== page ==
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Why can’t we use that image?

January 25, 2013
Posted in design-speak decoded

Finding the right imagery is often a huge part of a design project. And, it’s more complicated than you think – a quick web search just won’t cut it. Here’s why:

A few years ago, when we were struggling to find the right imagery at a budget price for a brochure, one well-meaning client sent us a bunch of images that she loved. However, she grabbed them from Google, which didn’t work for two reasons:

1.) The images were too small to use for print (see “what is a high-resolution image?)

2.) We couldn’t legally use the images

Unless you were to track down the original source for each image and ask permission to use it, images that are on the web aren’t necessarily in the public domain. And, we don’t want to be sued for using one!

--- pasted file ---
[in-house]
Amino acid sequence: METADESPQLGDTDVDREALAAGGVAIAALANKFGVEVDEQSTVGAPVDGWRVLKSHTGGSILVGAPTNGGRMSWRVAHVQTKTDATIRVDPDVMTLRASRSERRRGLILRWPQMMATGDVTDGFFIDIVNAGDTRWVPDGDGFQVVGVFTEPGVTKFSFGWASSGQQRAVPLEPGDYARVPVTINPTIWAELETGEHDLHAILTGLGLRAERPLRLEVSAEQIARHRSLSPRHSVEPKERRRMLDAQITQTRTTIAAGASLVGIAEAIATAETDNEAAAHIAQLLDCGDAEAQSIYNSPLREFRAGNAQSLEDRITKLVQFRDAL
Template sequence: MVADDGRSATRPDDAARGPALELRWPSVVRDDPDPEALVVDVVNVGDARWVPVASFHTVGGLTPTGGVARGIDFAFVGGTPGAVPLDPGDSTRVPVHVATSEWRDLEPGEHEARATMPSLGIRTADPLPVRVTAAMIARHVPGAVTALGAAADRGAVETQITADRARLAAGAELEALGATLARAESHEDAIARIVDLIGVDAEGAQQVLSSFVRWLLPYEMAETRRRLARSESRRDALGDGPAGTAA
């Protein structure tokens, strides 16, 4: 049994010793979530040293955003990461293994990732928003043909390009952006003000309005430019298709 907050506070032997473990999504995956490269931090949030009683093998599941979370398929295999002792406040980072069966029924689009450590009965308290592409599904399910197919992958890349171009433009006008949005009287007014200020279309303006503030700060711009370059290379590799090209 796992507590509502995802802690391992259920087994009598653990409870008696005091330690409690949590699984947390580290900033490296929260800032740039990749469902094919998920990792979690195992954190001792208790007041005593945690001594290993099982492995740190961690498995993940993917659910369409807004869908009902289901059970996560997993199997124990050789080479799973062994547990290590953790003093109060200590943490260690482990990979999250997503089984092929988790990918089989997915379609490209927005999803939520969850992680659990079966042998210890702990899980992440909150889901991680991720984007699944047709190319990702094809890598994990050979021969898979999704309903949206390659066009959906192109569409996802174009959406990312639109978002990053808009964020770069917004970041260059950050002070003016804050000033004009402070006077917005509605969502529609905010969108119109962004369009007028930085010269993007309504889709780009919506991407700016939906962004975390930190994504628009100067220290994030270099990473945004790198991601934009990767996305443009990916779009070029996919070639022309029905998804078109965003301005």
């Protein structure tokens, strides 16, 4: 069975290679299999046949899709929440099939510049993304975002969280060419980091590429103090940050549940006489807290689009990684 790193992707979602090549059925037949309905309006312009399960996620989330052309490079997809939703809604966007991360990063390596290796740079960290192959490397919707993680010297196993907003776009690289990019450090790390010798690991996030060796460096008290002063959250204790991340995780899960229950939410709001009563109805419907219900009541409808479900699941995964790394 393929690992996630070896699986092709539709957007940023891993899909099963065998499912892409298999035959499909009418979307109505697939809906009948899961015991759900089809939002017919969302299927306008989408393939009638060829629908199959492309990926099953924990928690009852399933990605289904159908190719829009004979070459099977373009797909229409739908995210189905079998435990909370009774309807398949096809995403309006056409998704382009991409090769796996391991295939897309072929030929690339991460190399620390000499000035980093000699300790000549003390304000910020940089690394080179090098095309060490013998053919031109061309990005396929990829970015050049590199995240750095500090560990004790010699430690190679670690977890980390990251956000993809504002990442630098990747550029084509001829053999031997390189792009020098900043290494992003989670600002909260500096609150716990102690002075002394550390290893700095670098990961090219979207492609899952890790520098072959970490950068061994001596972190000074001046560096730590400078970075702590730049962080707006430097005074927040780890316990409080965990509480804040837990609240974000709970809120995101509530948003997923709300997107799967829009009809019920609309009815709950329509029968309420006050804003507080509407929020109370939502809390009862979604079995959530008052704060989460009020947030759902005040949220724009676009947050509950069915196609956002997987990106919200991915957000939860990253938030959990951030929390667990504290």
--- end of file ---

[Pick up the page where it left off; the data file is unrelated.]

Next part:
So, the client went to a stock photo site. And she was ecstatic; all of the images were royalty-free! She spent hours downloading samples of her favorites.

Unfortunately… royalty-free doesn’t mean “free.” Stock photography comes in two categories:

1.) Royalty-free
This means that, once you pay for an image, you own it and can use it anywhere. Most times, these images are sold at a different price for each file size (an image sized for the web is less expensive than an image for a poster).

2.) Rights-managed
These images are purchased for a one-time use, and the cost depends on what that usage is. An image used on the interior of a brochure you’re printing 500 copies of will be less money than an image used in a national ad campaign.

The advantage of a rights-managed image is that someone else in the same market/industry won’t be able to use that image – so you won’t see it in a competitor’s materials.

When custom photography isn’t in the cards, we find that royalty-free images are often the way to go. It’s a budget-friendly option and gives our clients the most flexibility when, for example, a successful ad should also be translated to a web site, an email blast, and web banners.

 

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